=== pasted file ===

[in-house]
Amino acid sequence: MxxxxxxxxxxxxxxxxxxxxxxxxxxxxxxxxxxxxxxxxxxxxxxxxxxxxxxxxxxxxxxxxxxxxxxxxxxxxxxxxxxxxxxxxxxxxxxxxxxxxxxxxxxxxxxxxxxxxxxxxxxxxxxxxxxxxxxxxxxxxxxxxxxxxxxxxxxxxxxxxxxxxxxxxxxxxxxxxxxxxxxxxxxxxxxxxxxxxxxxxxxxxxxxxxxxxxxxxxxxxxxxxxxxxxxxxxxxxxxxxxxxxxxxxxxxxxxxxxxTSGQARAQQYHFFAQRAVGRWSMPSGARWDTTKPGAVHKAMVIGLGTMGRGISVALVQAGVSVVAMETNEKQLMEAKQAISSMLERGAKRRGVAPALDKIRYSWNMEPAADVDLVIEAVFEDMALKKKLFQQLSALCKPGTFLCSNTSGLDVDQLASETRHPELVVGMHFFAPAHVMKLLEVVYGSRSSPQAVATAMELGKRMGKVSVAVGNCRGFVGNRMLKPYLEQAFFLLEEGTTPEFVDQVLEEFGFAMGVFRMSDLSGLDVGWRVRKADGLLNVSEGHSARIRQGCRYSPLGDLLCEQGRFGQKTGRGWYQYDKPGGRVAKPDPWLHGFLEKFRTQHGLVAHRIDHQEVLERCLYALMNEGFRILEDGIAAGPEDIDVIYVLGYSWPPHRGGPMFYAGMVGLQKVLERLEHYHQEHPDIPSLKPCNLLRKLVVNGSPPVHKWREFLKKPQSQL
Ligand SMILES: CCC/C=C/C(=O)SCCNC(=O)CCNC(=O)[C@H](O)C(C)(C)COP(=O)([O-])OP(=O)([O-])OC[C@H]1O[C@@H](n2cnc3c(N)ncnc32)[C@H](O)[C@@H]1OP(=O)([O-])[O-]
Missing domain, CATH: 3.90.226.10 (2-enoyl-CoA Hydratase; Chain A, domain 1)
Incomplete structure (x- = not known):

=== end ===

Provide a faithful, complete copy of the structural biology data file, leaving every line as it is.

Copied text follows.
[in-house]
Amino acid sequence: MxxxxxxxxxxxxxxxxxxxxxxxxxxxxxxxxxxxxxxxxxxxxxxxxxxxxxxxxxxxxxxxxxxxxxxxxxxxxxxxxxxxxxxxxxxxxxxxxxxxxxxxxxxxxxxxxxxxxxxxxxxxxxxxxxxxxxxxxxxxxxxxxxxxxxxxxxxxxxxxxxxxxxxxxxxxxxxxxxxxxxxxxxxxxxxxxxxxxxxxxxxxxxxxxxxxxxxxxxxxxxxxxxxxxxxxxxxxxxxxxxxxxxxxxxxxxxxxxxxTSGQARAQQYHFFAQRAVGRWSMPSGARWDTTKPGAVHKAMVIGLGTMGRGISVALVQAGVSVVAMETNEKQLMEAKQAISSMLERGAKRRGVAPALDKIRYSWNMEPAADVDLVIEAVFEDMALKKKLFQQLSALCKPGTFLCSNTSGLDVDQLASETRHPELVVGMHFFAPAHVMKLLEVVYGSRSSPQAVATAMELGKRMGKVSVAVGNCRGFVGNRMLKPYLEQAFFLLEEGTTPEFVDQVLEEFGFAMGVFRMSDLSGLDVGWRVRKADGLLNVSEGHSARIRQGCRYSPLGDLLCEQGRFGQKTGRGWYQYDKPGGRVAKPDPWLHGFLEKFRTQHGLVAHRIDHQEVLERCLYALMNEGFRILEDGIAAGPEDIDVIYVLGYSWPPHRGGPMFYAGMVGLQKVLERLEHYHQEHPDIPSLKPCNLLRKLVVNGSPPVHKWREFLKKPQSQL
Ligand SMILES: CCC/C=C/C(=O)SCCNC(=O)CCNC(=O)[C@H](O)C(C)(C)COP(=O)([O-])OP(=O)([O-])OC[C@H]1O[C@@H](n2cnc3c(N)ncnc32)[C@H](O)[C@@H]1OP(=O)([O-])[O-]
Missing domain, CATH: 3.90.226.10 (2-enoyl-CoA Hydratase; Chain A, domain 1)
Incomplete structure (x- = not known):